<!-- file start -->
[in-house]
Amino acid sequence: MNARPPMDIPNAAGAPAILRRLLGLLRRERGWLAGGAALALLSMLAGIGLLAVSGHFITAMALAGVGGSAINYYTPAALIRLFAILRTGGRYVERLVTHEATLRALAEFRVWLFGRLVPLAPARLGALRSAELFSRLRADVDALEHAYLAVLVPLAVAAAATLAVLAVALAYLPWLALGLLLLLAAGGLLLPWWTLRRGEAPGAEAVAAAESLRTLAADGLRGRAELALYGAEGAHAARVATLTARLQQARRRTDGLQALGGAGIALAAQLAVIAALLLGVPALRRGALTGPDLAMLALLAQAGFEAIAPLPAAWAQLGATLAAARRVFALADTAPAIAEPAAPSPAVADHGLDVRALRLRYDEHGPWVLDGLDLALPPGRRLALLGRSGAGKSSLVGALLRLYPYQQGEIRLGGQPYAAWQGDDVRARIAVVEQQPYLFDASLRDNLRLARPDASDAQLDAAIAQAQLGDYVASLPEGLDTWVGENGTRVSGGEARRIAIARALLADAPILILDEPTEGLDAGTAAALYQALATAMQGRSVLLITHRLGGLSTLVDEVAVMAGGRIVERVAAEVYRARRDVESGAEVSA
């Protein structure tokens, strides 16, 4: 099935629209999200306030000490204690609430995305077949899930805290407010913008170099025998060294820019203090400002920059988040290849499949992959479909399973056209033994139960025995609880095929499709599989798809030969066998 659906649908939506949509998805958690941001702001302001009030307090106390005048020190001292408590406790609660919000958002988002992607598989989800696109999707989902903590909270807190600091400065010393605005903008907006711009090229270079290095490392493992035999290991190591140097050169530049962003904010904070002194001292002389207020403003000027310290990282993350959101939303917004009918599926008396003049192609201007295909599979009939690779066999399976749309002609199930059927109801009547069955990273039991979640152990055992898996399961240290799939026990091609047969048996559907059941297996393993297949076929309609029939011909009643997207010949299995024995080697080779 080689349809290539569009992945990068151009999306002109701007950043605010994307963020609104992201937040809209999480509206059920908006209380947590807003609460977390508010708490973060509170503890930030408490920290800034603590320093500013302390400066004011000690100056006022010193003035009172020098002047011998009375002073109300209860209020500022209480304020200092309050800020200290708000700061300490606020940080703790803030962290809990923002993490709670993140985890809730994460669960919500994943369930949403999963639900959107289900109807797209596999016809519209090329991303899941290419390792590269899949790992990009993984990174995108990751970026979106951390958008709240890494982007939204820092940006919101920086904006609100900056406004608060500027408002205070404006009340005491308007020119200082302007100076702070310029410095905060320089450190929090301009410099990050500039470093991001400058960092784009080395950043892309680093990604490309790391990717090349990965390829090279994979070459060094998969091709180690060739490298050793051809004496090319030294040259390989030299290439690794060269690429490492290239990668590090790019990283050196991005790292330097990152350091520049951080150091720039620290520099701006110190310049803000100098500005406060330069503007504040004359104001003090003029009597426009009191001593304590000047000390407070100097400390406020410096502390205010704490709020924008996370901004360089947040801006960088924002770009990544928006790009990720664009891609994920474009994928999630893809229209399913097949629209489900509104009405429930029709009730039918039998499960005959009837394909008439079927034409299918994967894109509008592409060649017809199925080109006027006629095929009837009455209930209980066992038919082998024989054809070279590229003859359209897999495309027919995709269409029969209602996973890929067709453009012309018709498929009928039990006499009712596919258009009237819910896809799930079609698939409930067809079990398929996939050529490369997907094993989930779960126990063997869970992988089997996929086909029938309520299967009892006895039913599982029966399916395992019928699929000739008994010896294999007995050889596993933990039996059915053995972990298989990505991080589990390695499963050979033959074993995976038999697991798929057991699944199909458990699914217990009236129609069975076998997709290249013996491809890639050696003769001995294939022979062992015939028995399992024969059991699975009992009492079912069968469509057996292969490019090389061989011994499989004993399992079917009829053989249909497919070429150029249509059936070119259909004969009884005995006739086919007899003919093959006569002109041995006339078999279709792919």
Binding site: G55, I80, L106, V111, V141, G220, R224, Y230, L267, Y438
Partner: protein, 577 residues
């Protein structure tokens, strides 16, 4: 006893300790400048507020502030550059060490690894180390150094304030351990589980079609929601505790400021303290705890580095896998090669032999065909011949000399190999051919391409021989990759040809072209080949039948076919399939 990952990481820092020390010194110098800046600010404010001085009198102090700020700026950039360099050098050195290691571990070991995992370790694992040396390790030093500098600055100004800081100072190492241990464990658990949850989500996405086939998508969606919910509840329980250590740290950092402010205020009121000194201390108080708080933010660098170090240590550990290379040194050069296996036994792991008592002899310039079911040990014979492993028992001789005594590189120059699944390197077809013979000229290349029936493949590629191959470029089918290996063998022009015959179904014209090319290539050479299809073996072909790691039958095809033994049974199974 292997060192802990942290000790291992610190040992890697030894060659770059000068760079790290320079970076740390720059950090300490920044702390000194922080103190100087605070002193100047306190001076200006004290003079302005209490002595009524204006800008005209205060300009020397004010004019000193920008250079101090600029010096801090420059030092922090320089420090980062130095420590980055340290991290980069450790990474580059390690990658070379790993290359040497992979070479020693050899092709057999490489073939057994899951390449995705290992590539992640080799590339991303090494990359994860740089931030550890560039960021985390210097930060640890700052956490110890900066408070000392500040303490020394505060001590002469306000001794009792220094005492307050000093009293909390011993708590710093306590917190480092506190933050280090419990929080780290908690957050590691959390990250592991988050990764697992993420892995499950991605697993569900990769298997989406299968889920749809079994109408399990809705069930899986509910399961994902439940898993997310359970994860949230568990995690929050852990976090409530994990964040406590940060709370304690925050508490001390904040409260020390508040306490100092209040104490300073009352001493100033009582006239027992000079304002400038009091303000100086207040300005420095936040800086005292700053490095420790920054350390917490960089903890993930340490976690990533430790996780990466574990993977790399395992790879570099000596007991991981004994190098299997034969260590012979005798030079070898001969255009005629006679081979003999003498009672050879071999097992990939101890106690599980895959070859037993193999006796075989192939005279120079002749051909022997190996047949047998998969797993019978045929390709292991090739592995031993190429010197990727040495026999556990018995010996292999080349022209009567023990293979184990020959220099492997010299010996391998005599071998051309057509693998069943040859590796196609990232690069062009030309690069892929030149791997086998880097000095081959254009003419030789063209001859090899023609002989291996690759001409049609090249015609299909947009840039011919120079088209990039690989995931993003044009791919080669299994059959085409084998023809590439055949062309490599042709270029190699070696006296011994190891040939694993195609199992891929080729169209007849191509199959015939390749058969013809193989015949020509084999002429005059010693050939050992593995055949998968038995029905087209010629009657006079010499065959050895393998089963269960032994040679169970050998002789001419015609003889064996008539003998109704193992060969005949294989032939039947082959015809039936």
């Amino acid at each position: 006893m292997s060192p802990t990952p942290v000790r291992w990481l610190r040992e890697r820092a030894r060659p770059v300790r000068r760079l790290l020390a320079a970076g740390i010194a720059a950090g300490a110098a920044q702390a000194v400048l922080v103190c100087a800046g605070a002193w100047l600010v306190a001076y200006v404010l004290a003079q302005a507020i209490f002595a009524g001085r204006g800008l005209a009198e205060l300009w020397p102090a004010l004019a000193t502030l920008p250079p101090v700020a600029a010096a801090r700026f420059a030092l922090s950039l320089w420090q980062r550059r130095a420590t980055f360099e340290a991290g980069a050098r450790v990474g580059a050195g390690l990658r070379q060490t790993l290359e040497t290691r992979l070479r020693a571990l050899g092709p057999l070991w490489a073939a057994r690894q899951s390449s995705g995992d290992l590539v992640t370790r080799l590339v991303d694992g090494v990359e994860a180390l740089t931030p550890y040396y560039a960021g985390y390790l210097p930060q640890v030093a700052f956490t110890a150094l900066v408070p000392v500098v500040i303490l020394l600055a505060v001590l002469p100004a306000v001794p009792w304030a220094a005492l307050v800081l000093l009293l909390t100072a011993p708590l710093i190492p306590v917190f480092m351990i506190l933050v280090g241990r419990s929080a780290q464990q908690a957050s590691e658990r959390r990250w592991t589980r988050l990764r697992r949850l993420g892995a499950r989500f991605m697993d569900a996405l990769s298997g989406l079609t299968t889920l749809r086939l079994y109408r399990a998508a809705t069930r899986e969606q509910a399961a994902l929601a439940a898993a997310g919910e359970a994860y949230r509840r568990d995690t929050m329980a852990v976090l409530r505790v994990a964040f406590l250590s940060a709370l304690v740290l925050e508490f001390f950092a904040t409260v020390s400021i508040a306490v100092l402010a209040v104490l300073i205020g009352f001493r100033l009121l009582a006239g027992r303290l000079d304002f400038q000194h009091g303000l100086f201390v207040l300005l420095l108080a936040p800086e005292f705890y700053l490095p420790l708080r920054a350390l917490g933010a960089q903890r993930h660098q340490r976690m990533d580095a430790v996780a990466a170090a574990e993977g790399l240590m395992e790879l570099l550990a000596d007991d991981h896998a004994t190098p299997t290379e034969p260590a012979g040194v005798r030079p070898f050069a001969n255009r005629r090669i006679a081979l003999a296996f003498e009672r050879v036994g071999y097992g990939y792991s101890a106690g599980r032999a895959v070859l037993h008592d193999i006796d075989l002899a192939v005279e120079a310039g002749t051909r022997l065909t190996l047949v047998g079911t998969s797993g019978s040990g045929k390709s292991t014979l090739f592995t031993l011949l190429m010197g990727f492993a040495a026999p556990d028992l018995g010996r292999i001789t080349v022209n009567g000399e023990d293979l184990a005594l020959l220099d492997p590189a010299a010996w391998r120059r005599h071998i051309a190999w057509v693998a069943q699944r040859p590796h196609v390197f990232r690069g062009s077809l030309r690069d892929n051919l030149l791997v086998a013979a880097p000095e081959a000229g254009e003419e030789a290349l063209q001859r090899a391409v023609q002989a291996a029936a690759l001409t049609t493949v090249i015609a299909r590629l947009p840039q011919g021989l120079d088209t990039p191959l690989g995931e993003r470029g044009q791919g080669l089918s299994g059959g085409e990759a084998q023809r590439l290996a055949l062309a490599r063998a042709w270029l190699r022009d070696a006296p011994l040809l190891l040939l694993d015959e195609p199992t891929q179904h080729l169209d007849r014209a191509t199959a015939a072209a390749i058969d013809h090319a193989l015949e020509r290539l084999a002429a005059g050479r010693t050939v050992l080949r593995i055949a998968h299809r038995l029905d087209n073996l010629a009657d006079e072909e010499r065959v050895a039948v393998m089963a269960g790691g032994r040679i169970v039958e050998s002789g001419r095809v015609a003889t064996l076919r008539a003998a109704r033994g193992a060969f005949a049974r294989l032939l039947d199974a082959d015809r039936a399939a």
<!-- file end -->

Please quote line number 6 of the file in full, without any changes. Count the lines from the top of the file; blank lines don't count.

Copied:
């Protein structure tokens, strides 16, 4: 006893300790400048507020502030550059060490690894180390150094304030351990589980079609929601505790400021303290705890580095896998090669032999065909011949000399190999051919391409021989990759040809072209080949039948076919399939 990952990481820092020390010194110098800046600010404010001085009198102090700020700026950039360099050098050195290691571990070991995992370790694992040396390790030093500098600055100004800081100072190492241990464990658990949850989500996405086939998508969606919910509840329980250590740290950092402010205020009121000194201390108080708080933010660098170090240590550990290379040194050069296996036994792991008592002899310039079911040990014979492993028992001789005594590189120059699944390197077809013979000229290349029936493949590629191959470029089918290996063998022009015959179904014209090319290539050479299809073996072909790691039958095809033994049974199974 292997060192802990942290000790291992610190040992890697030894060659770059000068760079790290320079970076740390720059950090300490920044702390000194922080103190100087605070002193100047306190001076200006004290003079302005209490002595009524204006800008005209205060300009020397004010004019000193920008250079101090600029010096801090420059030092922090320089420090980062130095420590980055340290991290980069450790990474580059390690990658070379790993290359040497992979070479020693050899092709057999490489073939057994899951390449995705290992590539992640080799590339991303090494990359994860740089931030550890560039960021985390210097930060640890700052956490110890900066408070000392500040303490020394505060001590002469306000001794009792220094005492307050000093009293909390011993708590710093306590917190480092506190933050280090419990929080780290908690957050590691959390990250592991988050990764697992993420892995499950991605697993569900990769298997989406299968889920749809079994109408399990809705069930899986509910399961994902439940898993997310359970994860949230568990995690929050852990976090409530994990964040406590940060709370304690925050508490001390904040409260020390508040306490100092209040104490300073009352001493100033009582006239027992000079304002400038009091303000100086207040300005420095936040800086005292700053490095420790920054350390917490960089903890993930340490976690990533430790996780990466574990993977790399395992790879570099000596007991991981004994190098299997034969260590012979005798030079070898001969255009005629006679081979003999003498009672050879071999097992990939101890106690599980895959070859037993193999006796075989192939005279120079002749051909022997190996047949047998998969797993019978045929390709292991090739592995031993190429010197990727040495026999556990018995010996292999080349022209009567023990293979184990020959220099492997010299010996391998005599071998051309057509693998069943040859590796196609990232690069062009030309690069892929030149791997086998880097000095081959254009003419030789063209001859090899023609002989291996690759001409049609090249015609299909947009840039011919120079088209990039690989995931993003044009791919080669299994059959085409084998023809590439055949062309490599042709270029190699070696006296011994190891040939694993195609199992891929080729169209007849191509199959015939390749058969013809193989015949020509084999002429005059010693050939050992593995055949998968038995029905087209010629009657006079010499065959050895393998089963269960032994040679169970050998002789001419015609003889064996008539003998109704193992060969005949294989032939039947082959015809039936």